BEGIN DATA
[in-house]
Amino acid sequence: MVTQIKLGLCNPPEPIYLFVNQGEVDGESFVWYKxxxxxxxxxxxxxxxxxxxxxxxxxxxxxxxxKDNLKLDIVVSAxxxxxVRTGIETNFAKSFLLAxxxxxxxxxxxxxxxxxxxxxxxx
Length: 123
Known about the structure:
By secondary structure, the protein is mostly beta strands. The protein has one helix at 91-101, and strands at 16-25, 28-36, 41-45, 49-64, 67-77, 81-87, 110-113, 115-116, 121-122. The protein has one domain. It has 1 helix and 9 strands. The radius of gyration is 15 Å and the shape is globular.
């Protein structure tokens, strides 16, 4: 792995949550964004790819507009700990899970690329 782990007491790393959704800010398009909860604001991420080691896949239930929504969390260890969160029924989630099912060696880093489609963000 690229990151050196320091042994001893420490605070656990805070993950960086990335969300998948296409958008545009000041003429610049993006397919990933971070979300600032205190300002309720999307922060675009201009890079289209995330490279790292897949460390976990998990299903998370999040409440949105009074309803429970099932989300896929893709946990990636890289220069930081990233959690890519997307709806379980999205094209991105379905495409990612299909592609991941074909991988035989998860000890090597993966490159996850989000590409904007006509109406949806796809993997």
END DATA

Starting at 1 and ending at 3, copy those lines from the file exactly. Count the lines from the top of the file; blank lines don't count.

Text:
[in-house]
Amino acid sequence: MVTQIKLGLCNPPEPIYLFVNQGEVDGESFVWYKxxxxxxxxxxxxxxxxxxxxxxxxxxxxxxxxKDNLKLDIVVSAxxxxxVRTGIETNFAKSFLLAxxxxxxxxxxxxxxxxxxxxxxxx
Length: 123